There are lots of mistakes home recording beginners possibly make day by day in their recording journey. Let’s discuss a few of them and see if how you can avoid them.
#1: Recording louder tones.
Most home recording beginners believe that the louder the tones they’re recording, the better the result they will get. Believing that way can be a massive source of frustration. What’s worse is that you are somewhat like jumping to the notorious brick-wall limiter. This is because if you make loud tracks, they will, unfortunately, give dynamic loss, pumping sounds and distortion. Such negative effects can ruin your mastering process.
When things like that happen, you better have to pay a mastering engineer than to waste time squashing your tracks for nothing.
#2: Too much use of the effects.
Most beginners rely on effects to achieve the warmth and overall quality of the recording and that’s a big mistake. In attempting home recording, reverb is the most common overused effect as it sounds less flat and appears to be more professional. In reality, it’s not. Removing the flatness of vocal recording is not that easy.
If your recording sounds so wet and you use reverb over and over again, the notes become indistinguishable because you slurred them together. Do your best to start the recording as clean as possible right in the first place to prevent this from happening.
#3: Proper intonation is ignored.
Instruments are one of the essential elements in the recording and guitar is one of those instruments that oftentimes ignored. If you don’t check the strings or the guitar itself is not properly tuned, forget about getting good recording results. The tones you’re recording should have clean, accurate and warm sound and it depends on the proper intonation of your instruments.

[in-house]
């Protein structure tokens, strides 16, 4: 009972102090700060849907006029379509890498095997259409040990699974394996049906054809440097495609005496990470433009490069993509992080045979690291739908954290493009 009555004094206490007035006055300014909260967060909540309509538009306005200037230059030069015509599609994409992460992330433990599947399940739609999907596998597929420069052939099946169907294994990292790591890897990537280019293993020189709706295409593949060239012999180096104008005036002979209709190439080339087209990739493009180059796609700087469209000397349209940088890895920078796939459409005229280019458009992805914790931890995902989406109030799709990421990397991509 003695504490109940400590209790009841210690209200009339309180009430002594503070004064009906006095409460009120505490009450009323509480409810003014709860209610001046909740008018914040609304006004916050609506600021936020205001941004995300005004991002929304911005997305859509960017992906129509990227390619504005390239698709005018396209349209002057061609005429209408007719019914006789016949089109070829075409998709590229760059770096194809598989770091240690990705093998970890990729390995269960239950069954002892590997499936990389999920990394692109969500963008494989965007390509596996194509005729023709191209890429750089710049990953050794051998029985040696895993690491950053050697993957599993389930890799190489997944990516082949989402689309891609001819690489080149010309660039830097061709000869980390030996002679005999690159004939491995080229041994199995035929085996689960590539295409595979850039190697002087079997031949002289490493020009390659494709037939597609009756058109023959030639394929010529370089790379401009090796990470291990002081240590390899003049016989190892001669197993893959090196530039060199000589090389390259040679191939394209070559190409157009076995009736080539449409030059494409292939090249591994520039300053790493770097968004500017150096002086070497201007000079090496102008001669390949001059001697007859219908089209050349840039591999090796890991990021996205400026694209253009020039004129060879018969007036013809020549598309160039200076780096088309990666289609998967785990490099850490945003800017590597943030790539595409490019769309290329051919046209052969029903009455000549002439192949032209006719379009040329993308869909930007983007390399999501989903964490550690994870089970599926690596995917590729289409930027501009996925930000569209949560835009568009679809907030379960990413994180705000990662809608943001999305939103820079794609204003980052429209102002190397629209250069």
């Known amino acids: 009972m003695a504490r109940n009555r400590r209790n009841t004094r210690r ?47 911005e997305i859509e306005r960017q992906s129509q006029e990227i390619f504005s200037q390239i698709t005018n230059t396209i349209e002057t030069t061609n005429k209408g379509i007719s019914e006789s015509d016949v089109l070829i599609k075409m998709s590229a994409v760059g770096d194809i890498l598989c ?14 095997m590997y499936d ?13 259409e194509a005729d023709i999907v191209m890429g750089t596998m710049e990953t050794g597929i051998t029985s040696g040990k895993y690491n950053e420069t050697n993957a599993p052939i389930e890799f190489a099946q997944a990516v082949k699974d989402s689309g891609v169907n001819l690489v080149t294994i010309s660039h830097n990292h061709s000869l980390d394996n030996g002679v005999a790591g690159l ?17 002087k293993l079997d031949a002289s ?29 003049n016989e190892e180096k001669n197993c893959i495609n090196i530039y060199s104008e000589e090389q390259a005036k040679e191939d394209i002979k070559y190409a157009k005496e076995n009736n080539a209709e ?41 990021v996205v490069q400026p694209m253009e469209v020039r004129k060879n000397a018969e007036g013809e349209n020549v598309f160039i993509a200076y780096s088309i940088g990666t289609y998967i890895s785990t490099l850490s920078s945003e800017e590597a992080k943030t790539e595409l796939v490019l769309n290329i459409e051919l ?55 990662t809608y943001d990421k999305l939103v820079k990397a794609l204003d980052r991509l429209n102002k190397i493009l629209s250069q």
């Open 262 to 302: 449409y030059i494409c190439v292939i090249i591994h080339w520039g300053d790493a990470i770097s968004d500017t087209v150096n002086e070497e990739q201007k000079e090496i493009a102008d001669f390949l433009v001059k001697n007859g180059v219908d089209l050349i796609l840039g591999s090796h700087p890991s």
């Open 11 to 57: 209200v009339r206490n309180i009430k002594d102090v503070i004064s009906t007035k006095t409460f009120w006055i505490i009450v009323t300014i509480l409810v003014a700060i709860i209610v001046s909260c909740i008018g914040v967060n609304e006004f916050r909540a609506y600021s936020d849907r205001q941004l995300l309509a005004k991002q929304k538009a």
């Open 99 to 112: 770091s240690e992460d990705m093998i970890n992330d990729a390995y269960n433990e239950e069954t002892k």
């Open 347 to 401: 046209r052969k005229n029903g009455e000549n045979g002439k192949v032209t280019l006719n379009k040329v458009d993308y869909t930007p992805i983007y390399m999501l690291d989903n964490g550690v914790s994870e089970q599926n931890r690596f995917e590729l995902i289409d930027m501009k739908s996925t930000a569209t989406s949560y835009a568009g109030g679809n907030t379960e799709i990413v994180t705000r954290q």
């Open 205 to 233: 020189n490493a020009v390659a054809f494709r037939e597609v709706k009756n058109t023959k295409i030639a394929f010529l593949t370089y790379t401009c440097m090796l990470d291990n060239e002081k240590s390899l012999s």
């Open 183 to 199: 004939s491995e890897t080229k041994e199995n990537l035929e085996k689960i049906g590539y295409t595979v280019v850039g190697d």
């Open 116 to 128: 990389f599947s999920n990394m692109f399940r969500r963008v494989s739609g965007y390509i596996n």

Make sure also that the neck of your guitar is not bowed. Bowed guitar neck can lead to inaccurate tuning and can give poor quality recording.
#4: Poor cables used.
Cables are important to connect your rig together. If you use cheap or poor cables, you can’t make a good connection. Cables go for all aspects of your recording so they should be as good as your equipment.
Each cable you use is carrying the signal that the recording needs to get done, poor cables can add unnecessary distortion that can destroy your mix. You don’t have to buy the most expensive cables just make sure what you purchased has a good quality.
#5: Wrong view on presets.
Presets can be the ultimate cheat in music production. It can also be the only way to produce. But most beginners have an unreasonable approach to presets that the end goal kills satisfaction. An open mind to samples and presets is important in music production. Presets use to compliment your sound and increase your efficiency radically.
Presets should be used without losing the integrity of the tracks. You can make it best if you mix genres of music that aren’t related, traditionally.
#6: Not trying on different speakers.